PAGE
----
August 24, 1987 |
J. J. Johnson, active mainly as a studio composer in recent years, made a rare playing appearance Saturday at the Loa, where the capacity house accorded him the very warm welcome he deserved. As a young trombonist in the bebop era, Johnson managed to adapt this technically demanding horn to the values that had been established by Dizzy Gillespie and Charlie Parker.
November 15, 1987 |
Whatever happened to the jazz trombone? This may seem like a loaded question, unfair to those who still practice their profession on this horn; yet it is undeniable that trombonists are no longer in the forefront of the scene. For every youngster who decided to take up this difficult instrument, there must be a hundred who pick up a guitar, learn a few chords and rush headlong into a career. Among the Swing Era and post-swing giants, long gone are Tommy Dorsey and Jack Teagarden.
August 25, 2000 |
Miami Dolphin running back J.J. Johnson won't be suspended for violating the NFL's steroid policy, the league said Thursday. Johnson faced a possible suspension for the first four regular-season games, pending an appeal, a source familiar with the case said Monday. He apparently won that appeal. The NFL issued a statement Thursday saying reports are not true that Johnson would be suspended. The league would not elaborate and declined to say whether Johnson's appeal had been upheld.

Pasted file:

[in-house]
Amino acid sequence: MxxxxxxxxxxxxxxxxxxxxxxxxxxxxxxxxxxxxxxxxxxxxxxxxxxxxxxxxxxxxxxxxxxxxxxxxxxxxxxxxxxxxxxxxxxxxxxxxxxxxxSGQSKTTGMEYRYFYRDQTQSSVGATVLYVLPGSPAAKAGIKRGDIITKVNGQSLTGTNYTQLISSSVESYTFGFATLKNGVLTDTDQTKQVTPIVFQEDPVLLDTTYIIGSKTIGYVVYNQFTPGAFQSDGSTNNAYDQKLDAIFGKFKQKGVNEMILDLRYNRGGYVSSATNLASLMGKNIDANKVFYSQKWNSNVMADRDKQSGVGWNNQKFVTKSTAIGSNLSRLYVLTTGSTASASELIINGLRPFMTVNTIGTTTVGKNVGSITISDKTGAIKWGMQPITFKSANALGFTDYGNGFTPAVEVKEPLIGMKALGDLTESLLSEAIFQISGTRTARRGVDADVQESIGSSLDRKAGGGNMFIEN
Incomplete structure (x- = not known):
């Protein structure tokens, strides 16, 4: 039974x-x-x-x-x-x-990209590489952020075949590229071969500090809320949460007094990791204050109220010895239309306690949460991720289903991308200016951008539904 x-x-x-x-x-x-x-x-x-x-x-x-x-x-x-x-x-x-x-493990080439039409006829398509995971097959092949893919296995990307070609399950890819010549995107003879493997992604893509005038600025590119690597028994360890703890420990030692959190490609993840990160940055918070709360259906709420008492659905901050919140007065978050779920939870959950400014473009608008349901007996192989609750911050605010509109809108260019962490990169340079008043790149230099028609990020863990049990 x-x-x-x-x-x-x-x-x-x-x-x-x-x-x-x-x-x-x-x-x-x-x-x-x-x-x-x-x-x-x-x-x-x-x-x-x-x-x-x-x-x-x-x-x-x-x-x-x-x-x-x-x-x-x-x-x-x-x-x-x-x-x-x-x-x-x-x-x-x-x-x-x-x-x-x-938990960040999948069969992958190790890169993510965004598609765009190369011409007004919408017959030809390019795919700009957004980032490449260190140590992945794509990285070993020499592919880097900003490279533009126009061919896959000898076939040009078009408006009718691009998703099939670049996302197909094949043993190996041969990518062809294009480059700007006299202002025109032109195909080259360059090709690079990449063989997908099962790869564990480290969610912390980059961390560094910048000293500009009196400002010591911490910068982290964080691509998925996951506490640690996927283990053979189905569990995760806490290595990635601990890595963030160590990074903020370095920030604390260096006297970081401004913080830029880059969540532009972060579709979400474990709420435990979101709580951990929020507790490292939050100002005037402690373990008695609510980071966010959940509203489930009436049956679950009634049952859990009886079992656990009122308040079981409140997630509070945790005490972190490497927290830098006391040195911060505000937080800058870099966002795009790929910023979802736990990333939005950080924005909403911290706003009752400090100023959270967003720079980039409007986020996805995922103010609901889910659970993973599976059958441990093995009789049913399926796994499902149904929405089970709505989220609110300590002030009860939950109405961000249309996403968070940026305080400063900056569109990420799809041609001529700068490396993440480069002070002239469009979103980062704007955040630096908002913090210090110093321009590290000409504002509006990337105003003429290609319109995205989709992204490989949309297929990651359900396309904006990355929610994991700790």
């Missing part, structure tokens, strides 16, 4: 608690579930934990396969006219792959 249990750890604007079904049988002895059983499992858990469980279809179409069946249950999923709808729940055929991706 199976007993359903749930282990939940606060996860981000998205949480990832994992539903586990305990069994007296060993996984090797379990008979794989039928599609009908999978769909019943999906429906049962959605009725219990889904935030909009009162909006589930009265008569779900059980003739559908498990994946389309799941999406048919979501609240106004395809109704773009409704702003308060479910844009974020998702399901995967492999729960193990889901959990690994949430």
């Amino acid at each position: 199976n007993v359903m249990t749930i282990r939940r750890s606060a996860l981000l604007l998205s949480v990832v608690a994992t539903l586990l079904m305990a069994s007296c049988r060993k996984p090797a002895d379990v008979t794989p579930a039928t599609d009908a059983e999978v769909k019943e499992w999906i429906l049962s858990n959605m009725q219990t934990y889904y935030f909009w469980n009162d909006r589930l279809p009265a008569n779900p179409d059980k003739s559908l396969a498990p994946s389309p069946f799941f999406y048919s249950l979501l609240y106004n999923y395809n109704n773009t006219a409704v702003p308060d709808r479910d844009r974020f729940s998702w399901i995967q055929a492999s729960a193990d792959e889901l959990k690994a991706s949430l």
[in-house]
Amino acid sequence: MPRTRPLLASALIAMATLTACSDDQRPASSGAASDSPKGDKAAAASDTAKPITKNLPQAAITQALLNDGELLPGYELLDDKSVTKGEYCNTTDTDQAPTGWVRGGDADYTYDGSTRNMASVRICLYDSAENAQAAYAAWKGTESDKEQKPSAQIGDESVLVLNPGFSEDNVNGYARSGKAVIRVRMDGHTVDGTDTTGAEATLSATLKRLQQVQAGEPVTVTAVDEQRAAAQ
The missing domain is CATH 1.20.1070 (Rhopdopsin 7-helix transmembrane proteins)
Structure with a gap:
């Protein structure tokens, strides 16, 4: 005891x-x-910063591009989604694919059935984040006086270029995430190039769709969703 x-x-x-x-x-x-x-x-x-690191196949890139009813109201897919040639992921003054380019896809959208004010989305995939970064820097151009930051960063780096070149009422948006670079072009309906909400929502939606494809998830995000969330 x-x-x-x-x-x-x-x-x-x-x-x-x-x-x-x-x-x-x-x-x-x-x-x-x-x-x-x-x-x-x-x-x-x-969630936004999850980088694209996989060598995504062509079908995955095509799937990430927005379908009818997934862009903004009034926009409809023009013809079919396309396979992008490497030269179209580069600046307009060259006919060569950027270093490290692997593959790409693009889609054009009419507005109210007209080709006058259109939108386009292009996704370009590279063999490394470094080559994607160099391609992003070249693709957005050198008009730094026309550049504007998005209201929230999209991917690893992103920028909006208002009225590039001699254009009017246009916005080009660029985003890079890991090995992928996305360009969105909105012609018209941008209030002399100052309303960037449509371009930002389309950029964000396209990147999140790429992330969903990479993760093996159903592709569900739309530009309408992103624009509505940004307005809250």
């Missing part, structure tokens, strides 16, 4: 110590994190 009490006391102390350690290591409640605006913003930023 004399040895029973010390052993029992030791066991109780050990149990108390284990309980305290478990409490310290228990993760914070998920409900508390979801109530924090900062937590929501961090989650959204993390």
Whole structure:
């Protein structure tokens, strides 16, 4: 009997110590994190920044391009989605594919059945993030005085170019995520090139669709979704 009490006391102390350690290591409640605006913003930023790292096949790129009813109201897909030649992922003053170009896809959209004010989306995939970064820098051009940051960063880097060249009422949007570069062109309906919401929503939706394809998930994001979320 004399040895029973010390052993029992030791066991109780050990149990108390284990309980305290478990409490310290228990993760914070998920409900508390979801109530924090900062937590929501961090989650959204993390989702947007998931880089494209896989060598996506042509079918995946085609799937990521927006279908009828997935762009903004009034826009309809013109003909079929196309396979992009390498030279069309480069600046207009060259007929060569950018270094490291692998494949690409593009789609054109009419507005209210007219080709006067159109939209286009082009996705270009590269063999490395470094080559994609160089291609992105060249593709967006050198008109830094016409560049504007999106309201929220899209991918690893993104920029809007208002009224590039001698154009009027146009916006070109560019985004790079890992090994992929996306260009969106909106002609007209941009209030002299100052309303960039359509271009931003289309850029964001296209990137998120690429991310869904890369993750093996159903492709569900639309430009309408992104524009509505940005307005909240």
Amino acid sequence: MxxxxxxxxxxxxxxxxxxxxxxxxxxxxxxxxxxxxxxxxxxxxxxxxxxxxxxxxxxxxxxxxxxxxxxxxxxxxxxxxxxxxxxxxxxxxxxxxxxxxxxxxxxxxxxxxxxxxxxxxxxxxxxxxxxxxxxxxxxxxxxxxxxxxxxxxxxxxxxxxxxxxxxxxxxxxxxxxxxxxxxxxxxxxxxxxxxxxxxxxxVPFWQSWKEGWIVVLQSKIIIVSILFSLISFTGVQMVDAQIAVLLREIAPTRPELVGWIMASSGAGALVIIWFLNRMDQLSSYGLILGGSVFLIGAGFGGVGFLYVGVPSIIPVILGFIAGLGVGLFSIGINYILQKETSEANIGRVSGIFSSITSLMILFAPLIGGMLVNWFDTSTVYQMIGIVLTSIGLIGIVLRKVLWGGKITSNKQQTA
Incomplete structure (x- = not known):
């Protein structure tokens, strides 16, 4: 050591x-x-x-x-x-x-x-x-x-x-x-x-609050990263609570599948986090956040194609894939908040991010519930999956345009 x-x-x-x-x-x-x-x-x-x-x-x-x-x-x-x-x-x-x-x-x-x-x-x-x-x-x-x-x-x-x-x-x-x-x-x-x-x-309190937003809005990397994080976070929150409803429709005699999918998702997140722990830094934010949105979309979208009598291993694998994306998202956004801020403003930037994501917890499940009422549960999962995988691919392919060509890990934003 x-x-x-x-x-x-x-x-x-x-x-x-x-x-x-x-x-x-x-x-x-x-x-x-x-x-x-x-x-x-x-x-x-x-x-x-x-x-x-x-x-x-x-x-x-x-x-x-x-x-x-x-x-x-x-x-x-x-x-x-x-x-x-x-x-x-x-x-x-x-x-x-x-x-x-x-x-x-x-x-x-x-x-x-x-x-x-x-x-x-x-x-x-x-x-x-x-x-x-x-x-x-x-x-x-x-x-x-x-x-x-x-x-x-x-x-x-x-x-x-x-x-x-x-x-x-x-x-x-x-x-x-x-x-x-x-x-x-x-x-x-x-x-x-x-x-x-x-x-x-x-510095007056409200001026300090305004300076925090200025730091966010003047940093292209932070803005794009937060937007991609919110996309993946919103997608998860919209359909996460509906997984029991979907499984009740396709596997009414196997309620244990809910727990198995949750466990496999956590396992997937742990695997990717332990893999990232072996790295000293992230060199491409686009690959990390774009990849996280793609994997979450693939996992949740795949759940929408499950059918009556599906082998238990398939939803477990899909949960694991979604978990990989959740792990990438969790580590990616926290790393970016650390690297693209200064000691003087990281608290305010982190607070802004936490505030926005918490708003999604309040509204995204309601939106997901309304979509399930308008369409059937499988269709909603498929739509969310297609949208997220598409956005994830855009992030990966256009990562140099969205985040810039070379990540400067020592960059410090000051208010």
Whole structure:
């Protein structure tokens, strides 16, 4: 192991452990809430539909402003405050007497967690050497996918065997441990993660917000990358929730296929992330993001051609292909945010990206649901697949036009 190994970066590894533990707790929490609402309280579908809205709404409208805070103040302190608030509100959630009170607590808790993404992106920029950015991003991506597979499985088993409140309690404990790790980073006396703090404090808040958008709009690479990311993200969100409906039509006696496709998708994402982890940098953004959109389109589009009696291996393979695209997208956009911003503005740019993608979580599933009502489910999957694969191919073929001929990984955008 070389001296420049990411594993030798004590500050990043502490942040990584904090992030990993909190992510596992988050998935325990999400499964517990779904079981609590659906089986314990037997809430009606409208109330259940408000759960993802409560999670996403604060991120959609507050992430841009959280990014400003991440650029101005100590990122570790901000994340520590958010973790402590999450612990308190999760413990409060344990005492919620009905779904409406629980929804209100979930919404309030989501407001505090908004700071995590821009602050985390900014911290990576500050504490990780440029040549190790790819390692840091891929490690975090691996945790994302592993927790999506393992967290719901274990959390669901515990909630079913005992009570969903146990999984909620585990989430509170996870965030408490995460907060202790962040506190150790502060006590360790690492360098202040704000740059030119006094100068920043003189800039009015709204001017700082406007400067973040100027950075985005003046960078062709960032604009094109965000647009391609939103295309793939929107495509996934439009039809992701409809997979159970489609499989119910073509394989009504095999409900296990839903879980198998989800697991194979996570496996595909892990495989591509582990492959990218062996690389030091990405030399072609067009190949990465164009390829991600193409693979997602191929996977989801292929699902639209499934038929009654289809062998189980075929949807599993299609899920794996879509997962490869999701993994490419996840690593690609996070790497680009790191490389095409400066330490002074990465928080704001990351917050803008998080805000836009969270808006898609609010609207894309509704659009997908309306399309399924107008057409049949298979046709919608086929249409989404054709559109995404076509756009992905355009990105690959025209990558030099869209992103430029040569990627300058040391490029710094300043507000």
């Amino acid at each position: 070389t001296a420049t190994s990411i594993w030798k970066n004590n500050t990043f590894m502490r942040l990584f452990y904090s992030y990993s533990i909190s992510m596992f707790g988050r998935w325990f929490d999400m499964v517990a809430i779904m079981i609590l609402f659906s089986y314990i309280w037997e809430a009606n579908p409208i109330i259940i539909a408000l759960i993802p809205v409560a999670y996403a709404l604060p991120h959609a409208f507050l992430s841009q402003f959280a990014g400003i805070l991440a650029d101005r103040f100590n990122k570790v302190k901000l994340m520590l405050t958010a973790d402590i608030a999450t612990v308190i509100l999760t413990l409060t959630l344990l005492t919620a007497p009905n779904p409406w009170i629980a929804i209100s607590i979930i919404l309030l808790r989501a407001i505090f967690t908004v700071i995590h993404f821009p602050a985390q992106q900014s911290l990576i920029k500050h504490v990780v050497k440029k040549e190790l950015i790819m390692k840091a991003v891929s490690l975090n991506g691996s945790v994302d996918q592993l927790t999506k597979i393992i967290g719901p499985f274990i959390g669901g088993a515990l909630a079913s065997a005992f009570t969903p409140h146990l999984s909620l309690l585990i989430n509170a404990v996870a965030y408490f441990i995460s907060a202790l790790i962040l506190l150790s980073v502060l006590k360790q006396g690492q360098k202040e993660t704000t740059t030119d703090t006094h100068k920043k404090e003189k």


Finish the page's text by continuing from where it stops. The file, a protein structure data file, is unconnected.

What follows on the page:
CALIFORNIA | LOCAL
February 6, 2001 |
J.J. Johnson, a singular figure in jazz whose innovative trombone play in the bebop era expanded the boundaries of his instrument, died Sunday in Indianapolis. He was 77. In ill health for several months, Johnson committed suicide, according to a report from the local sheriff. An excellent composer and arranger as well as an extraordinary musician, Johnson's career spanned six decades.
September 23, 1988 |
Everything worth doing right takes time, even for someone as gifted as J. J. Johnson. The undisputed father of modern jazz trombone, Johnson about a year ago decided to put down his pen and pick up his horn full-time--he'd spent about 20 years writing for, and playing in, the studios--and it's taken him a year to get back on track. The set Johnson delivered Tuesday at Catalina Bar & Grill was the kind one would expect to hear from a reigning jazz master.
March 1, 1996 |
The lineup for the 18th annual Playboy Jazz Festival at the Hollywood Bowl on June 15 and 16 has some new faces, old faces, a few surprises and one unanswered question. The program, announced today, includes such major jazz names as trombonist J.J. Johnson, saxophonists Wayne Shorter and Joe Lovano, bassist Stanley Clarke, singers Tony Bennett, Dianne Reeves and Gladys Knight and contemporary groups Fourplay and the Yellowjackets.